August 22, 2013
ESPN's Tonya Cornileus on a Lesson From her Mentor
In recognition and celebration of the diversity within the cable industry, we will be highlighting some of CableFAX’s 2012 Most Influential Minorities and their responses to a series of questions on mentoring, job skills and diversity. For the CableFAX 2012 Diversity issue in its entirety go here.
VP, Learning and Organizational Development
Tell us at least one true story of a mentor (or mentors) who gave you advice you still use to this day.
One of my former senior leaders at a telecommunications company identified me to take an 18-month rotational assignment as a general manager for one of the company’s call centers. As a learning and organization development professional, I had never worked on the “business” side of the operation. I was reluctant and initially declined the offer until he told me something rather provocative. He said that everyone knew of my skill set as a learning/OD leader; what this assignment represented was an opportunity to demonstrate the transferability of my skill set to other roles. I decided to take the assignment and was highly successful in the role, such that I increased the profitability of the call center and enhanced my own business acumen. When I returned to the learning/OD function, I was a different professional. Following that experience, I became a business leader first, who happened to have a special expertise in learning and organization development. I never approached the work in the same way again. That experience taught me that it pays to step outside of your comfort zone, take on challenges, keep learning, and look for those opportunities to apply your skills in new ways. His advice is advice I now give to others who are seeking new ways to continue their career development.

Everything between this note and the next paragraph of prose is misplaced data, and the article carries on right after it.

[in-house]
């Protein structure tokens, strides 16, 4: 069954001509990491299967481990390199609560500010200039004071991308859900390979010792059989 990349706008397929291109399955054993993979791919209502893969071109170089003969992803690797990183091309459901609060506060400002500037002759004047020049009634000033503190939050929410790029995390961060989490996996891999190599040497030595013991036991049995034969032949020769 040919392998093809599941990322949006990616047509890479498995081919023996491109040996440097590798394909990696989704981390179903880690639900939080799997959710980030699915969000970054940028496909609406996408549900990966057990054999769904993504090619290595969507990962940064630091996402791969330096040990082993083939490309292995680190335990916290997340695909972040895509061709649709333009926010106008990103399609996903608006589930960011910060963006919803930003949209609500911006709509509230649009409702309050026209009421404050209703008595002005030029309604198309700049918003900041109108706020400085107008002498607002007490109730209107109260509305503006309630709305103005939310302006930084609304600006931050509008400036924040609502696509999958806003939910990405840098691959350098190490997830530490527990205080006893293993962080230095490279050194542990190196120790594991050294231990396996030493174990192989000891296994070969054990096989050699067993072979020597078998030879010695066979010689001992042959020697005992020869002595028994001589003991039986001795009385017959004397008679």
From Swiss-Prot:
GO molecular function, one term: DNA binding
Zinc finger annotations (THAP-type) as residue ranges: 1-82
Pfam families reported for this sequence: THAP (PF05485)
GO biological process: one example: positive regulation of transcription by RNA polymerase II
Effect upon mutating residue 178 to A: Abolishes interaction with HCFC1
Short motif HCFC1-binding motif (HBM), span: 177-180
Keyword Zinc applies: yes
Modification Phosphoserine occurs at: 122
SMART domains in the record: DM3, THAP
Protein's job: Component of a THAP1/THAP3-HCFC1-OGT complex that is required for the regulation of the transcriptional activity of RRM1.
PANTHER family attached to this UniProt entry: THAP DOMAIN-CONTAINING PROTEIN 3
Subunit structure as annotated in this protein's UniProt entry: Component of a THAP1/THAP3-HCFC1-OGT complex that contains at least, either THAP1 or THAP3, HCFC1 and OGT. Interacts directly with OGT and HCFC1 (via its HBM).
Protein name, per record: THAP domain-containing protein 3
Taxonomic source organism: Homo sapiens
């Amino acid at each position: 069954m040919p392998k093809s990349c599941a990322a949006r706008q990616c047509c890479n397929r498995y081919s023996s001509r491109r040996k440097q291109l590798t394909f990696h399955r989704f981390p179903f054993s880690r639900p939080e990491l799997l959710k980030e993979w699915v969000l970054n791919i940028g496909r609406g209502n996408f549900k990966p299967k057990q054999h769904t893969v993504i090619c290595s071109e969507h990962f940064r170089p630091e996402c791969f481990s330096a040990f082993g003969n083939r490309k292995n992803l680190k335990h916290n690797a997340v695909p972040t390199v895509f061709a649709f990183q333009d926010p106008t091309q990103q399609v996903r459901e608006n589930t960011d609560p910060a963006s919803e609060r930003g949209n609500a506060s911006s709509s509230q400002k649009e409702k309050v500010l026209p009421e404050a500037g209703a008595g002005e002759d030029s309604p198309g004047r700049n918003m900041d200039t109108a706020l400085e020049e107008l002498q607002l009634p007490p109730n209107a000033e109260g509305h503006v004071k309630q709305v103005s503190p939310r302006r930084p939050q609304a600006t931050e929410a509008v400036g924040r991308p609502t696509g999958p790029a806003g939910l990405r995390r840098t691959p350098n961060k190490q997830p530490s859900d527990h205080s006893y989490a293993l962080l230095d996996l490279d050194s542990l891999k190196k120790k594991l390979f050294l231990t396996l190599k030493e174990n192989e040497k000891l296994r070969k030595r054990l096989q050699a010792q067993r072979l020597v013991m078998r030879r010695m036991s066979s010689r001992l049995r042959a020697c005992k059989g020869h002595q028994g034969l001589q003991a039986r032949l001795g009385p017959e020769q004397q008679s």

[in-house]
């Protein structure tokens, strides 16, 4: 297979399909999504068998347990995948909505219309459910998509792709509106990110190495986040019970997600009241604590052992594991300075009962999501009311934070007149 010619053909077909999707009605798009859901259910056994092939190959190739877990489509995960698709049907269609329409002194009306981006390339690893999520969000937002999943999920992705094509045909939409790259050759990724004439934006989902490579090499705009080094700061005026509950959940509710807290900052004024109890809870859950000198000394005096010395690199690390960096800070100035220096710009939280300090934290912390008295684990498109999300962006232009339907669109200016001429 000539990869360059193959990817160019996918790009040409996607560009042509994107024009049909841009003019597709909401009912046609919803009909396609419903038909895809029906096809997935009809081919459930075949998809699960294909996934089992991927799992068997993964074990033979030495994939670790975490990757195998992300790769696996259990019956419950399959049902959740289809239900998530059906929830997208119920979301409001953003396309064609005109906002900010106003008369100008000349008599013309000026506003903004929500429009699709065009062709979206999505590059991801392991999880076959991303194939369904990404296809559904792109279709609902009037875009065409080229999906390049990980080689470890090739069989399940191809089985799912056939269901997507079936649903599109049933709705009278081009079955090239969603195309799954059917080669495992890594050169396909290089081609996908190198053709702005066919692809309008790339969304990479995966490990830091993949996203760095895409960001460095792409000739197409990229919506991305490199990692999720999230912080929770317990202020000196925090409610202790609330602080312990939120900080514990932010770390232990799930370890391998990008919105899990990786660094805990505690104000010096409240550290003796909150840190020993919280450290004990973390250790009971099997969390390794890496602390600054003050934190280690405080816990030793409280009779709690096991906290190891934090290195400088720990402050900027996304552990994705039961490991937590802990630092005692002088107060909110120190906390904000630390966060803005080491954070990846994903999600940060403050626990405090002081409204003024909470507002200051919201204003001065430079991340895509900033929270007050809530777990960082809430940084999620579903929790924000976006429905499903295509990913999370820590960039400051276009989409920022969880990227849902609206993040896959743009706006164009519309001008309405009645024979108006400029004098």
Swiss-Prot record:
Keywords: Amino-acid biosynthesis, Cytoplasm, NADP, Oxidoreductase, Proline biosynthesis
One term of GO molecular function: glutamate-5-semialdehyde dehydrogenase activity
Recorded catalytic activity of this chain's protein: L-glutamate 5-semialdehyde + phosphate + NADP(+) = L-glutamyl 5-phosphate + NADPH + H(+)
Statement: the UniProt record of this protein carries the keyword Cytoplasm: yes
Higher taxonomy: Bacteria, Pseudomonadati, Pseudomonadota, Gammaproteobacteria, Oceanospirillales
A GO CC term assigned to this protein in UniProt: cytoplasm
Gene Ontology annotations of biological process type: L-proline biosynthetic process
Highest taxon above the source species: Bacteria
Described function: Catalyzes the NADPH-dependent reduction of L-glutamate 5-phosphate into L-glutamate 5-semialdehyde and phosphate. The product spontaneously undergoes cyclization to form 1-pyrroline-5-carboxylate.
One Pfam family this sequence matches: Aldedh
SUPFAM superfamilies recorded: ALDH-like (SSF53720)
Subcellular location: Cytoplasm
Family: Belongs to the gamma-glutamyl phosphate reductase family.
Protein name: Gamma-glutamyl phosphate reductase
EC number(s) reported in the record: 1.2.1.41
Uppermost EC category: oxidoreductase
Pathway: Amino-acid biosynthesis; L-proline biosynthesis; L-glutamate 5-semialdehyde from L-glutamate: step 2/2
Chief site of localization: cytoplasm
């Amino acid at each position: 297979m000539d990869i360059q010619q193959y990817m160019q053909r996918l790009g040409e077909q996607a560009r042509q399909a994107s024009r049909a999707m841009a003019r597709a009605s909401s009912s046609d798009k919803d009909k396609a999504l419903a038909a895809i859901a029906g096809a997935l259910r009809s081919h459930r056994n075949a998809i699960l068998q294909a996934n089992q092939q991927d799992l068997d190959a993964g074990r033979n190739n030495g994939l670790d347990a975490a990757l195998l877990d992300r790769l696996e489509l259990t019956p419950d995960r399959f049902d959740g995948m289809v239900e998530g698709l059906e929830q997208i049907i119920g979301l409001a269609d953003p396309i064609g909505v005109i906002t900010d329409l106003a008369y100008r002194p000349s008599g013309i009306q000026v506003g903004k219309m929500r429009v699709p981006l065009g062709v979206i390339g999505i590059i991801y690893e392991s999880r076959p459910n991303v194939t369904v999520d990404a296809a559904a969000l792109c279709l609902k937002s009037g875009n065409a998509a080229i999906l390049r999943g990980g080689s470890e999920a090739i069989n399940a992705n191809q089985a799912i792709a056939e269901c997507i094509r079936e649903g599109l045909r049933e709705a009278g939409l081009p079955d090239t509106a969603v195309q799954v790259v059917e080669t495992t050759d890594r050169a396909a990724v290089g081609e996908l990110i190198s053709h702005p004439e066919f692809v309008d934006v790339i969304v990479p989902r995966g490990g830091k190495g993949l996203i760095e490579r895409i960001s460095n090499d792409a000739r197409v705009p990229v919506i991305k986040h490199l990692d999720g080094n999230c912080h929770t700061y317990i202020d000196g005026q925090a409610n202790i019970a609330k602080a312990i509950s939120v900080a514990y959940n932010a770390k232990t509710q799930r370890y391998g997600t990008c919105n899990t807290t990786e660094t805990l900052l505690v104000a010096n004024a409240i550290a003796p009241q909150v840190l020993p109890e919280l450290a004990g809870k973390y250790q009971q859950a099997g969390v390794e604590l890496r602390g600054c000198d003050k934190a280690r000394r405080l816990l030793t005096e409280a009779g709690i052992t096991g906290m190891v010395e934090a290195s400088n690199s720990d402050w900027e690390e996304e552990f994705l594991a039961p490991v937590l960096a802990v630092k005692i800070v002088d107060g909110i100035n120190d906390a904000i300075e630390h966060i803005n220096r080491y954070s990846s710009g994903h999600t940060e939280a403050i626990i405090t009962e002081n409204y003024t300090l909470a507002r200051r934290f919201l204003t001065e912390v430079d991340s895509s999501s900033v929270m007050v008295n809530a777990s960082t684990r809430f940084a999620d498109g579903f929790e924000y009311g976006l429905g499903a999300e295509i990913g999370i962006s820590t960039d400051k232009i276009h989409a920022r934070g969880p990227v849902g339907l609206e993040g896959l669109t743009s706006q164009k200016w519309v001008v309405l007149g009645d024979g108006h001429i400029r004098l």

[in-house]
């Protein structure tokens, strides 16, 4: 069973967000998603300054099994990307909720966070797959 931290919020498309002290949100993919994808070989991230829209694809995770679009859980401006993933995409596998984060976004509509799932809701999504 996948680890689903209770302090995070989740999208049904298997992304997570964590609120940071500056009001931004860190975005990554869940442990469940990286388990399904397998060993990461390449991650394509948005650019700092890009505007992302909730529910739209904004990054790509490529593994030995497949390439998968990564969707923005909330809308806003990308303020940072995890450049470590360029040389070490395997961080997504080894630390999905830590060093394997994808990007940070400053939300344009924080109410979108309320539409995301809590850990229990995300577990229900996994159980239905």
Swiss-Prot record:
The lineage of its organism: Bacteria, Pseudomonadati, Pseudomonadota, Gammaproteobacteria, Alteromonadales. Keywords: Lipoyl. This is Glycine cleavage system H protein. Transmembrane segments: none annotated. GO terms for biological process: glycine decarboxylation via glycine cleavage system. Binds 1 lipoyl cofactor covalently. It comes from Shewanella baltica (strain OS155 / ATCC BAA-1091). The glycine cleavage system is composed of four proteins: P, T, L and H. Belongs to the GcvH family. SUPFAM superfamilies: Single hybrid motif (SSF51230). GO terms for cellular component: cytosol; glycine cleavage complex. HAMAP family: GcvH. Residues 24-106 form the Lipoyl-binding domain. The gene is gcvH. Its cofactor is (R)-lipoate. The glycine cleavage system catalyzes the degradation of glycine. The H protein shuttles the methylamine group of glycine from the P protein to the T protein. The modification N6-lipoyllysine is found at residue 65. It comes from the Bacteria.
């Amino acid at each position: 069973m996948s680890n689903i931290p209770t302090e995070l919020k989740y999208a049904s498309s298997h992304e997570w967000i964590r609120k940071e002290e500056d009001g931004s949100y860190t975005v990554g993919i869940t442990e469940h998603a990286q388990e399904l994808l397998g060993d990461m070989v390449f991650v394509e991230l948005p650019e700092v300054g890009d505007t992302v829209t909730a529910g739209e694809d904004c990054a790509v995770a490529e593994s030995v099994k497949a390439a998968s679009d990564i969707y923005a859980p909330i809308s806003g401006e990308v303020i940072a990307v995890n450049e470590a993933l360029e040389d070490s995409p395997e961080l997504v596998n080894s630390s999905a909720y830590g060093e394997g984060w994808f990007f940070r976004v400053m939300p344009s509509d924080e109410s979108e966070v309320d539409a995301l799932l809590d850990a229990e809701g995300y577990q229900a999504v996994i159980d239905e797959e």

What’s the skill that has helped you the most in your career—and what’s the next skill you want to master?
There are several skills that I have cultivated over time that I believe have enabled me to be successful. Certainly, the ability to build strategic relationships is essential. The ability to leverage those relationships to get things done has helped me tremendously. However, given the work that I do, I believe the skill that has helped me most in my career is the ability to influence others. My work is largely that of an internal consultant. I work with senior leaders on a number of initiatives ranging from leadership succession and individual and organization performance to a host of change management efforts. In most cases, the business leaders are not only senior to me, but they are purveyors of the resources. My professional success is directly tied to my ability to influence leaders to get to a decision or course of action. I achieve this by demonstrating the three C’s: competence, care, and collaboration. The skill I continue to work on is to become a masterful communicator. My goal is to follow the Jesuit teaching of “precision of thought and economy of expression.” I’m still a work in progress.
In your opinion, how is cable doing on diversity? Where do you want to see improvement?
I believe the cable industry is doing very well in the area of marketplace diversity. The cable industry succeeds because it understands its audiences and develops or acquires content that caters to those diverse audiences. The result is that cable has continued to gain market share from traditional broadcast media. The areas that need greater focus and improvement are workforce and workplace diversity. Specifically, I want to see more women and professionals of color in the senior ranks and in key decision making roles across the cable industry. I believe we also have to recast our organizations to reflect the expectations of the younger generations in the workplace. The recast calls into consideration among other things, the way organizations are designed to work, career development strategies, human resource policies and practices on work-life flexibility, and technologies available to a more mobile and connected workforce.